There’s a dog in my office, and she’s not a foster pet or a visitor. I adopted her on Saturday, and now she’s a cling-on. And Lisa and I are very happy about it.
Spying a potential opportunity at a fire hydrant in
She’s a Beagle mix, and came from a shelter in rural Virginia. She may have been a discarded hunting dog, since rural Virginia shelters are full of them. Lost Dog and Cat Rescue Foundation, based in northern Virginia, pulled her from the shelter, and after spaying and vaccinating her, put her up for adoption at an event at the Fairfax PetSmart on Saturday. This was her ninth adoption event, and somehow she’d been passed over on these prior occasions. It was our good fortune, but I’m still mystified that no one scooped her up before. She’s got such a gentle disposition, and is pretty as a picture.
She’s now splayed out on her doggie bed right behind me in my downtown D.C. office. She’s probably about six years old, and her “maturity” cinched the deal for us. We wanted to get an older dog, since they are tougher to place.
It’s been some weeks since our precious cat Mungo passed on. Her sister died about a year ago, so the apartment has been feeling empty and we’ve been missing them terribly. It was time again to populate our home with another little being to fill the void that every one of you who has kept pets knows all too well.
Lost Dog and so many other rescue groups are doing such great life-saving work. They are typically pulling animals from shelters, and then getting out into the community to encourage people to get a companion and save a life – a double bottom-line benefit. The cooperation between shelters and rescue groups, and the movement of animals between them, is part of any successful plan to eliminate unneeded euthanasia.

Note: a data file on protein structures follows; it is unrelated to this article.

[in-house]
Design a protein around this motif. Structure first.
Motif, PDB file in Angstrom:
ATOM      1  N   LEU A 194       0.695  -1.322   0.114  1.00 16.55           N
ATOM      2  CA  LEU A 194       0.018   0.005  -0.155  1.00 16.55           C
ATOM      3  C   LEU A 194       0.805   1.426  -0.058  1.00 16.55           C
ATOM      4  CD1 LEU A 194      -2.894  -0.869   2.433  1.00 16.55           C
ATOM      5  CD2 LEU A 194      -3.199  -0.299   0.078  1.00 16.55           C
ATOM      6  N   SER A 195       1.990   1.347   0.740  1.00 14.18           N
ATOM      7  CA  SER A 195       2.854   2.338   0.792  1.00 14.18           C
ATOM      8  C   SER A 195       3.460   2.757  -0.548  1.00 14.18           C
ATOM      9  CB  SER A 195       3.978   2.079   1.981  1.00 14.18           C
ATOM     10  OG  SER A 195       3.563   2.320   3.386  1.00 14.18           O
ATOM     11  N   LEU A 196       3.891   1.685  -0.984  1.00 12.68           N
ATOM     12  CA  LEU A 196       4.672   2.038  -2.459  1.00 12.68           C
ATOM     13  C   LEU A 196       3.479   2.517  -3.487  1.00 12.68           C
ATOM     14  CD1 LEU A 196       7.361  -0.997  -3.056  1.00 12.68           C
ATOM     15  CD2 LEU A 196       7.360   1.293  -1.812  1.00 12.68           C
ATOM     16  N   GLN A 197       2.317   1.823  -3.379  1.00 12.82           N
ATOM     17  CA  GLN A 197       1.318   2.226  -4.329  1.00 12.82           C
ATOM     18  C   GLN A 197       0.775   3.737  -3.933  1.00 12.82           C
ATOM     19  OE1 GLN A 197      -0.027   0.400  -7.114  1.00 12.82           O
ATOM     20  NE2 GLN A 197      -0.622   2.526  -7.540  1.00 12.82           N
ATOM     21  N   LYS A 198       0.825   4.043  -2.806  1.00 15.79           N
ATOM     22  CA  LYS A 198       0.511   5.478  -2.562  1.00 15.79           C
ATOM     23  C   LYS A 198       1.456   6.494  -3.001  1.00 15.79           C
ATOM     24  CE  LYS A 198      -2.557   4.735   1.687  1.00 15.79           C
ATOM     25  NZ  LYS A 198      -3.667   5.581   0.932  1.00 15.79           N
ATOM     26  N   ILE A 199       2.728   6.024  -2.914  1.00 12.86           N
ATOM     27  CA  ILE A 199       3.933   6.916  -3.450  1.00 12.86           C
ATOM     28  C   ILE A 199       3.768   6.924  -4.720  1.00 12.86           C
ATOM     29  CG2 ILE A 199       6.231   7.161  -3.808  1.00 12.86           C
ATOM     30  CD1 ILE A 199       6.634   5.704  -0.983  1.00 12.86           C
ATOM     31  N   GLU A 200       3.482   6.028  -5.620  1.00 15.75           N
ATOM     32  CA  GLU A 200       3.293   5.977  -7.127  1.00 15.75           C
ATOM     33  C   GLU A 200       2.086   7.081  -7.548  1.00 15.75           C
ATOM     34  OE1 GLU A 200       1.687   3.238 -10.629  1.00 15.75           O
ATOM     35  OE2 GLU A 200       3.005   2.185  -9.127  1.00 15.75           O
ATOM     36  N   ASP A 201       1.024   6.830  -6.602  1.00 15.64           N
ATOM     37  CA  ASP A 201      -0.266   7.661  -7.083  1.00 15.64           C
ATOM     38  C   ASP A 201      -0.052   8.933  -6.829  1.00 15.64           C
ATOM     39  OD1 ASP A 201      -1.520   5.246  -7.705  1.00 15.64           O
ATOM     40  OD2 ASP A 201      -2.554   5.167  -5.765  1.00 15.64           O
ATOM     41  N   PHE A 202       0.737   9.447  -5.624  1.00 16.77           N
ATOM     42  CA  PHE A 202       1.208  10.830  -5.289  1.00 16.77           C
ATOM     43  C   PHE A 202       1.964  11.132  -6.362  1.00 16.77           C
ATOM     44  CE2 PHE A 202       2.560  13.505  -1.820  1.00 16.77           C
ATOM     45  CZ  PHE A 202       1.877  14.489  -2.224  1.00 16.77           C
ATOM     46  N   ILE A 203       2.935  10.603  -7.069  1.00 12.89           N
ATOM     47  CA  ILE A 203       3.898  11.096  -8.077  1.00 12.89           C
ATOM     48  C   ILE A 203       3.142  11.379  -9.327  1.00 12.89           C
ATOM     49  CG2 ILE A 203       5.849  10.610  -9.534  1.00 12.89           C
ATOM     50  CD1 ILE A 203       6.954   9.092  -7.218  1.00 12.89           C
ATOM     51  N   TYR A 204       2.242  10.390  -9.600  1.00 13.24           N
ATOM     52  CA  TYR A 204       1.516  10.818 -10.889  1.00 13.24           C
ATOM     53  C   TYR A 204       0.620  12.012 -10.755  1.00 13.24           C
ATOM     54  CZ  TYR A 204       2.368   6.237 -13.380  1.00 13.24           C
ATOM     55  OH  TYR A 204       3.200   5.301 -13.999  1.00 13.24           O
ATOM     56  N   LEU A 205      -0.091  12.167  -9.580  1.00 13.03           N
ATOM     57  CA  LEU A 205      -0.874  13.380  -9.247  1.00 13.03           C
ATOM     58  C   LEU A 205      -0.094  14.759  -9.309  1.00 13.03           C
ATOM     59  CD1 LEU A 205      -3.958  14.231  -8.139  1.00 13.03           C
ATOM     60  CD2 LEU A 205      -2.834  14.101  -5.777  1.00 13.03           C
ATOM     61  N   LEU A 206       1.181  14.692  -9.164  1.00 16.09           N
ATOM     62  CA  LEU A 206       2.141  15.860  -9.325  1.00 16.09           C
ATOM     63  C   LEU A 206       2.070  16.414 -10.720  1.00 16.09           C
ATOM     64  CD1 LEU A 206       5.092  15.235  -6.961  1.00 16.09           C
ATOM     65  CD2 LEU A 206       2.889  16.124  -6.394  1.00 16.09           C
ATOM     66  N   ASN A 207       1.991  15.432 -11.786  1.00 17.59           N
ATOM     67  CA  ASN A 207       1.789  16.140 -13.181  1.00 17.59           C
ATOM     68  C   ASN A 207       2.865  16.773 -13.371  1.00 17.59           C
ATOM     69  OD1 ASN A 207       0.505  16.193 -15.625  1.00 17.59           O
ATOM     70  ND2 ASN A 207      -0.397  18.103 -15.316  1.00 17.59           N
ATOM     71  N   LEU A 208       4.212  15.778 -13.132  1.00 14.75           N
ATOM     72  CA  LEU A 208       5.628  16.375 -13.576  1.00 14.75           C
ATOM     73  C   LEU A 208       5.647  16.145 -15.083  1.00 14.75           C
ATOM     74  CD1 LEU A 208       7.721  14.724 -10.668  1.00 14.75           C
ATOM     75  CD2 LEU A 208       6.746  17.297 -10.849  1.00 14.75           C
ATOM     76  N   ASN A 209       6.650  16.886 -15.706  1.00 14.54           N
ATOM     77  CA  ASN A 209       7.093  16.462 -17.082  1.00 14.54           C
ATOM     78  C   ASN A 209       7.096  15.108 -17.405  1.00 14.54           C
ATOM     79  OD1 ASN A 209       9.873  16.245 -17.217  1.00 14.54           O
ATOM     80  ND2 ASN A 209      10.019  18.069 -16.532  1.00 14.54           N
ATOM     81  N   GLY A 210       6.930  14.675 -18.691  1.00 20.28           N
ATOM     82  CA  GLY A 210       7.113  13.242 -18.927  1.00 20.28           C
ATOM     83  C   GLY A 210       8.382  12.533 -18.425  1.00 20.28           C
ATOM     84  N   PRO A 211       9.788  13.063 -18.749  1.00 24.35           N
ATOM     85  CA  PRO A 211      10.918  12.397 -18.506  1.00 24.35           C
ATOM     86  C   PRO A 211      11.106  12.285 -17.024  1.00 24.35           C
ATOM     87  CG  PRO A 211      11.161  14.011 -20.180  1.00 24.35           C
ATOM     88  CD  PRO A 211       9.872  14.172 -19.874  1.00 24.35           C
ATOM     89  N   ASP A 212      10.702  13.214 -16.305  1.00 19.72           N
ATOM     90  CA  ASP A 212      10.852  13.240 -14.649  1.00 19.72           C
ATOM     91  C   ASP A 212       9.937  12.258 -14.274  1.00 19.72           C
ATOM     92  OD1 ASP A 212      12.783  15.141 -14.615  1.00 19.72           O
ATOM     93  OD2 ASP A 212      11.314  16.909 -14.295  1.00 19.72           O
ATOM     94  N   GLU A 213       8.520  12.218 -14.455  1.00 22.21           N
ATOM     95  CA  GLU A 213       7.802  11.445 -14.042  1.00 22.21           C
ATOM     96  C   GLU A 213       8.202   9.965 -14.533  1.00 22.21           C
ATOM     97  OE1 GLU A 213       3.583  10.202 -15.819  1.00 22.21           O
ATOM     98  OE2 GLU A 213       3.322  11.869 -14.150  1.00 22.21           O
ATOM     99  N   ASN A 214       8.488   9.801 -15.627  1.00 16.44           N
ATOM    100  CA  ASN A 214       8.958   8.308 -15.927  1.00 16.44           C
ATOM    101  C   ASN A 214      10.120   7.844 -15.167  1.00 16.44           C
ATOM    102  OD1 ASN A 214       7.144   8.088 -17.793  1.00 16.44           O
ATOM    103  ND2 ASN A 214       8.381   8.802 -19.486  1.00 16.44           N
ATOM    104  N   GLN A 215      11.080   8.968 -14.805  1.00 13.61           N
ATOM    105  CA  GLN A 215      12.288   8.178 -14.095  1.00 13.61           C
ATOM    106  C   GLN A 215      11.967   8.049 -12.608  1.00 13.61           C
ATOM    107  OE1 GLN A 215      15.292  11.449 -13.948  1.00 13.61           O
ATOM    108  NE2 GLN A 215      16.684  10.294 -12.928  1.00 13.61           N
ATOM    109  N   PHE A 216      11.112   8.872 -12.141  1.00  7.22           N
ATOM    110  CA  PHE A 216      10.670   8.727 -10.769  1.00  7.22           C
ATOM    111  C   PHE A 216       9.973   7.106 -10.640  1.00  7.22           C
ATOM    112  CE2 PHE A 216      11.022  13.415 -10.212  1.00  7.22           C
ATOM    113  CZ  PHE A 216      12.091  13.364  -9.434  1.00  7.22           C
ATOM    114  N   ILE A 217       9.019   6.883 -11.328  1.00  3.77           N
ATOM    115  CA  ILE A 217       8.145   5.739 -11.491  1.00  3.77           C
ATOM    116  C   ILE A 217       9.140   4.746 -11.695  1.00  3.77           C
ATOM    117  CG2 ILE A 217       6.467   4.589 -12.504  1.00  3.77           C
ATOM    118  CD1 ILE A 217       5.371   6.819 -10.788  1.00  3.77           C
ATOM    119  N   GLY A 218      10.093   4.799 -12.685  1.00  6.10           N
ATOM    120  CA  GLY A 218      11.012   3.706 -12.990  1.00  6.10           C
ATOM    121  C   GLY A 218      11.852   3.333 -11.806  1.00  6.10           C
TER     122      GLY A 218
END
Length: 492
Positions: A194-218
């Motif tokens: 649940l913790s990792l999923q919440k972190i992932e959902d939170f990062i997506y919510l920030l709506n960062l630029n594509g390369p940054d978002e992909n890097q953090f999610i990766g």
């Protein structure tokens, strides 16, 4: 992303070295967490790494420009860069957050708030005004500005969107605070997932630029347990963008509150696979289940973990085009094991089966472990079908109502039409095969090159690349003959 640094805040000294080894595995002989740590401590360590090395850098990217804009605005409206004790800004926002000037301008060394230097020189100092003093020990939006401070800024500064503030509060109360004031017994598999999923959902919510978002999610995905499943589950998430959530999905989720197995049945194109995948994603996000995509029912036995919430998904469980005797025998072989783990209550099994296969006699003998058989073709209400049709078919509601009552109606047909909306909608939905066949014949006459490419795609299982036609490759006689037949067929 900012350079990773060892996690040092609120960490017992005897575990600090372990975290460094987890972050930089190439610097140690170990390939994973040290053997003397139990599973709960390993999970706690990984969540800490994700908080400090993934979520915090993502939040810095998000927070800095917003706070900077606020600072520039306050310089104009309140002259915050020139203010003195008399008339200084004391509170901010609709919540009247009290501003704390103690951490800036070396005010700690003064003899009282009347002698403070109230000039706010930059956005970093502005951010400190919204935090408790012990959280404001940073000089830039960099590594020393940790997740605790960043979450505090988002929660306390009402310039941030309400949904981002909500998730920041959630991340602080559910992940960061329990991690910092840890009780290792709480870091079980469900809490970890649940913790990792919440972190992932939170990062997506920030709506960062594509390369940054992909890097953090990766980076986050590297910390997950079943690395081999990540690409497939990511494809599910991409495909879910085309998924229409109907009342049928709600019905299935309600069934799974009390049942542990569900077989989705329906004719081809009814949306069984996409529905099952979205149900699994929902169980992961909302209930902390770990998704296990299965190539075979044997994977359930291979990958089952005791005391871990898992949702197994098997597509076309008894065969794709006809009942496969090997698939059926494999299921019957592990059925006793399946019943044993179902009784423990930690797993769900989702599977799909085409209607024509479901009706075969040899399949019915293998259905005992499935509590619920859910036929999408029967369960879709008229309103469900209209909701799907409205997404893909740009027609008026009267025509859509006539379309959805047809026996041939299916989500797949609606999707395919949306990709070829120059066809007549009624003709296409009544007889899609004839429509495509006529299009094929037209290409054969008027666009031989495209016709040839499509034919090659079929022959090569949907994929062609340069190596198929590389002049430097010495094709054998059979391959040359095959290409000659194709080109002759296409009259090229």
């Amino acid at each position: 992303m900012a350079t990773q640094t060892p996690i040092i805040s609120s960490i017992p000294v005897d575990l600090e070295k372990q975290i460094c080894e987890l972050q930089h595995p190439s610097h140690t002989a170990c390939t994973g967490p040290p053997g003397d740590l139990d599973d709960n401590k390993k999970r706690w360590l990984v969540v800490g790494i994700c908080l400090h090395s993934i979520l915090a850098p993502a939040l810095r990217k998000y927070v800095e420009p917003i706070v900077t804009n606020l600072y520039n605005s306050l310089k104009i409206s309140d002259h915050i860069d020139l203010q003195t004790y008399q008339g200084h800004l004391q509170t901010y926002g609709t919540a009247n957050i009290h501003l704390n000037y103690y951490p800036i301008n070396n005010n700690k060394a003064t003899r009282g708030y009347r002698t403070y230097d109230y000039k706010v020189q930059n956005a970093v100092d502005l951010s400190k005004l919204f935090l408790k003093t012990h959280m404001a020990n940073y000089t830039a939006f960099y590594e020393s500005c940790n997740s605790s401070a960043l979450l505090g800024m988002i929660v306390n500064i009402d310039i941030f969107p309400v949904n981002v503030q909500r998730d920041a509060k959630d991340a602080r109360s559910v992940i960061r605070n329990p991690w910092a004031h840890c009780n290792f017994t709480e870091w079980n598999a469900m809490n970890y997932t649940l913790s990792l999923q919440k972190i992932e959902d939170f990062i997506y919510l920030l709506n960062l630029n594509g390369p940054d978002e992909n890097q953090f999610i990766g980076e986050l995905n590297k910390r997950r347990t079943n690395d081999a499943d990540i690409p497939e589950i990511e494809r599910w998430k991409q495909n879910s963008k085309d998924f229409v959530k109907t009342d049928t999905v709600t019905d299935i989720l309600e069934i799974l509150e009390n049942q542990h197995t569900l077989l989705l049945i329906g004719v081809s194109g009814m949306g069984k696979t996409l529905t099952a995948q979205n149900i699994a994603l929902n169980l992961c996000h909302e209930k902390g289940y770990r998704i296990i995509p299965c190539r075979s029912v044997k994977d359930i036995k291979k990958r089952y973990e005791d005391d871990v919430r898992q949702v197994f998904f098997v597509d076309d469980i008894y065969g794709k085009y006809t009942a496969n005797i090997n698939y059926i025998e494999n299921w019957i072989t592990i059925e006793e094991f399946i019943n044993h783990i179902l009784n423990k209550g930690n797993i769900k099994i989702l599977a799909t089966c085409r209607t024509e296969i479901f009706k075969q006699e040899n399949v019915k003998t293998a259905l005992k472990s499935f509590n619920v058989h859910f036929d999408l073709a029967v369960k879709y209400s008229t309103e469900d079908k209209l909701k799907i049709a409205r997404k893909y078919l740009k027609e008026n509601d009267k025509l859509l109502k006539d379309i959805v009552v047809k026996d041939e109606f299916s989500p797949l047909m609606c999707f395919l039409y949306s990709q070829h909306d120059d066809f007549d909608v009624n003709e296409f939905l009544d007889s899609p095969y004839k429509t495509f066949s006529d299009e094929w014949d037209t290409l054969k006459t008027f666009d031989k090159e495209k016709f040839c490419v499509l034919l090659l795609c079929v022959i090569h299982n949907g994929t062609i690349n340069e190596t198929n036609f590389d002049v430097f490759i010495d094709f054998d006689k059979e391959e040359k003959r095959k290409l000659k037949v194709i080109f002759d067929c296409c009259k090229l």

Relaxing at the new crib.
See the full photo album here.
According to our survey work with Maddie’s Fund and The Ad Council, there are about 17 million people in the market for companion animals this year. Only about a quarter of them will get a dog or cat from a rescue or shelter. If just an additional two or three million of them went to an adoption event hosted by PetSmart or Petco, logged on to Petfinder.com, or went directly to a shelter or rescue group to adopt a homeless dog or cat – an easy choice, since there’s an abundance of great, well-socialized, vaccinated, sterilized animals at these sources – we’d have the national problem of euthanasia of healthy and treatable animals licked. Local organizations could spend more time on the wider range of animal protection issues, and not be bogged down, as they’ve been for a century, with the plight of homeless animals. In short, just a small percentage of people who want an animal in their life can make an intentional choice and help us get to the finish line.
This little one doesn’t have a name yet. If you have suggestions, we’re all ears. And she’s all ears, too, as you can see. We’ve got to get the name settled by midnight tonight, as a practical matter for her and for her proud pet parents.